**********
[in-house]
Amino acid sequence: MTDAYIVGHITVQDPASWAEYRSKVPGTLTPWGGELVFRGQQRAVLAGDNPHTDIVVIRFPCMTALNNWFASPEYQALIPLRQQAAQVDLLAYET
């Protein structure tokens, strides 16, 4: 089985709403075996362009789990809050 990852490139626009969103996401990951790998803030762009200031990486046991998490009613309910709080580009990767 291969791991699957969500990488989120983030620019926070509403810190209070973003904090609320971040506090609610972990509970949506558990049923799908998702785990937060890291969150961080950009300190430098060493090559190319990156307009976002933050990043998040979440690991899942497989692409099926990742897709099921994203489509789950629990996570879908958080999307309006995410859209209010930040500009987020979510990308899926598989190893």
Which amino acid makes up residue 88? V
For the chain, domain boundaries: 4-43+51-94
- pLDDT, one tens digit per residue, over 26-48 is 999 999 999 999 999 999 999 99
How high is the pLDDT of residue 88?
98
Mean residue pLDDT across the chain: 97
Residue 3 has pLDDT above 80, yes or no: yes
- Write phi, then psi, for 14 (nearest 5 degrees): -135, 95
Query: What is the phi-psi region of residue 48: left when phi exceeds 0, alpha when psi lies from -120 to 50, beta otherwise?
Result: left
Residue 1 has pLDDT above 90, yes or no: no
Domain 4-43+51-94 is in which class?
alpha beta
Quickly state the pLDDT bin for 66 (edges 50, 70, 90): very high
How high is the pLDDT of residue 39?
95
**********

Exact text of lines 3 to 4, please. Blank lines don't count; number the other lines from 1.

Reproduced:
């Protein structure tokens, strides 16, 4: 089985709403075996362009789990809050 990852490139626009969103996401990951790998803030762009200031990486046991998490009613309910709080580009990767 291969791991699957969500990488989120983030620019926070509403810190209070973003904090609320971040506090609610972990509970949506558990049923799908998702785990937060890291969150961080950009300190430098060493090559190319990156307009976002933050990043998040979440690991899942497989692409099926990742897709099921994203489509789950629990996570879908958080999307309006995410859209209010930040500009987020979510990308899926598989190893």
Which amino acid makes up residue 88? V